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Can Mangok Mathiang go from bad team backup to playoff team starter with the Breakers?
Wading through the press release noise to decipher how well Mathiang will do in New Zealand.
Credit: Daniel Bennett Photography
By now, you would have likely seen the interesting comments from the New Zealand Breakers following Mangok Mathiang’s signing, labelling him a ‘defensive demon better than Dererk Pardon.’
If the recent 2022/23 NBL season was your first extended look at the 30 year old Mathiang though, you might be left scratching your head. He played less than 19 minutes a game in a backup role on the 3-win and 25-loss Illawarra Hawks. Dererk Pardon was named Second-Team All-NBL and finalist for Defensive Player of the Year.
Of course, there’s context to add here. Mathiang has good pedigree, with earlier career production in Europe, as well as a stint in the NBA prior to an injury-interrupted period, prior to signing in Illawarra. He displayed positive signs of progress in the Israeli Basketball Premier League after the last NBL season. In that three-month run with Israel’s Hapoel Eilat, Mathiang played starter minutes and helped reverse the team’s poor form (6-5 with him in the lineup).
In what looked like good signs for his body’s return to peak conditioning, Mathiang was able to handle a higher minute load and his rebounding numbers skyrocketed, after career-lows with Illawarra. Hapoel Eilat also improved considerably on the defensive end of the floor in the games that he played — 11 points per 100 possessions better per realgm.com.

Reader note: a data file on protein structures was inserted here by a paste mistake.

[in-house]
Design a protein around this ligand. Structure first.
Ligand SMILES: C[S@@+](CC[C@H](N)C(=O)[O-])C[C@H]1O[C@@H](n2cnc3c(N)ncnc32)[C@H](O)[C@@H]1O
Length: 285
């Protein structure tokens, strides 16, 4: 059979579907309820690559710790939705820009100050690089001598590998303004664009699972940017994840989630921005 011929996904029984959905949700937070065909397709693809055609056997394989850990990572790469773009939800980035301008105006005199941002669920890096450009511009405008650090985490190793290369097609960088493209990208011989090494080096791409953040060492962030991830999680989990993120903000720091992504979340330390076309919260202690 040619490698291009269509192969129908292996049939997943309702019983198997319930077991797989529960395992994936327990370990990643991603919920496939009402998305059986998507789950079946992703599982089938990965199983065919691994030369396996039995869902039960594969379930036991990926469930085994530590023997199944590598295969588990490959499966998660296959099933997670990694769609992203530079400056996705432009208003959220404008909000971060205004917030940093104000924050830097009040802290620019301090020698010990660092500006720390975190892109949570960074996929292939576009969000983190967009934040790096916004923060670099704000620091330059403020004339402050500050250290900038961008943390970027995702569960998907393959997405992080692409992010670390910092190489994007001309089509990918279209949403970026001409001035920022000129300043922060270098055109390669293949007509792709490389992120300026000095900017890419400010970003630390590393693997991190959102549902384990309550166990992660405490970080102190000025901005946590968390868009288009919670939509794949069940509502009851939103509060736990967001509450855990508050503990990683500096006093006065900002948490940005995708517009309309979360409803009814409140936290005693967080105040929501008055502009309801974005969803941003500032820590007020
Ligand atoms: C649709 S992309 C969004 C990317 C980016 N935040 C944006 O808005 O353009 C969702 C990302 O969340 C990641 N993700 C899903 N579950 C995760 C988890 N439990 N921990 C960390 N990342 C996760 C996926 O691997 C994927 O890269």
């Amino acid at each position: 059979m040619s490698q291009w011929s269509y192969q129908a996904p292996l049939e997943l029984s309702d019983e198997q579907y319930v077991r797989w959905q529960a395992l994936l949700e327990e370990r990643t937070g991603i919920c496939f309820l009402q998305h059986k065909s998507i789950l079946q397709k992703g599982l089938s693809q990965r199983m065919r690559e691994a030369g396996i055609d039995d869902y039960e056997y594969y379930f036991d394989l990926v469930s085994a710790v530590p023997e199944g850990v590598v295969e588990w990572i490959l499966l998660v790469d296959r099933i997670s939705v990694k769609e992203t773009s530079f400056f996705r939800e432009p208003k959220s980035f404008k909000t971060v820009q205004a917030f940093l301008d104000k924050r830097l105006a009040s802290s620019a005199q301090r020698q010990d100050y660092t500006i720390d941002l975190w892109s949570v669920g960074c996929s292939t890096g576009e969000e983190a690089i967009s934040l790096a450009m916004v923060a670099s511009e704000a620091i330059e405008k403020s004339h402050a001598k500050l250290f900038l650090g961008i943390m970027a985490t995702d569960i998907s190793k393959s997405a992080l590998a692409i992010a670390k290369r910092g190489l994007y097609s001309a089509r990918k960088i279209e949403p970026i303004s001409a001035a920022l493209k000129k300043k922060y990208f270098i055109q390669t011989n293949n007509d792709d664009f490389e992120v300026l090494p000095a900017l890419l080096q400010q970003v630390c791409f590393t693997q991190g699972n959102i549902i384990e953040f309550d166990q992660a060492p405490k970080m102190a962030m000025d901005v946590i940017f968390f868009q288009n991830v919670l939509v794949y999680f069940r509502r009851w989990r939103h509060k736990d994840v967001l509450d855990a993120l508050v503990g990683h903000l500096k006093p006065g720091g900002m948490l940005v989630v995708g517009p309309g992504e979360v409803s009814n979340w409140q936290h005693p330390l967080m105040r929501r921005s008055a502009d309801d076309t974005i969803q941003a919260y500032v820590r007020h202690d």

“Whoever was going to take the undertaking of replacing Dererk Pardon is going to have a monumental challenge in front of him. Mangok, in my opinion, is somebody who relishes challenges. I truly believe Mangok is the most underrated local free agent, and I believe in his ability to fill Dererk’s shoes in a little bit of a different way; they’re obviously not identical. That will require the best out of Mangok… The wording in the press release was trying to relate to the fact that Mangok had very good numbers in Israel that were similar or, in certain areas, better than Dererk’s, and I think that got lost in translation, where the goal of this messaging was to give our fanbase and the people that are around the Breakers belief and confidence.”
Whilst New Zealand was a strong team on both ends of the floor last season, it was the defensive end which was the foundation, and the area where Mathiang will be most important.
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The Breakers topped the regular season in defensive rating, while Illawarra allowed an awful 118 points per 100 possessions with Mathiang on the floor per spatialjam.com (only one point better than when he was on the bench). Mathiang was finding his way again after a lengthy layoff, but will need to be much sharper with the Breakers this season. Having Izayah Le’Afa, Will McDowell-White, and Tom Abercrombie as the pick and roll defensive partner will be an upgrade on the revolving door of imports and mishmash of inexperienced guards he had with the Hawks.
In terms of physical profile, Mathiang and Pardon differ, with Mathiang having additional height, and Pardon using his bulkier chest. Pardon’s physicality was certainly a highlight of his game last season, in the way he relished contact and used his body when it came to establishing space. Pardon also showed a little more agility when changing directions last season, and it shone through in a better ability to guard pick and roll, as well as finding the right angles and timing as a screener.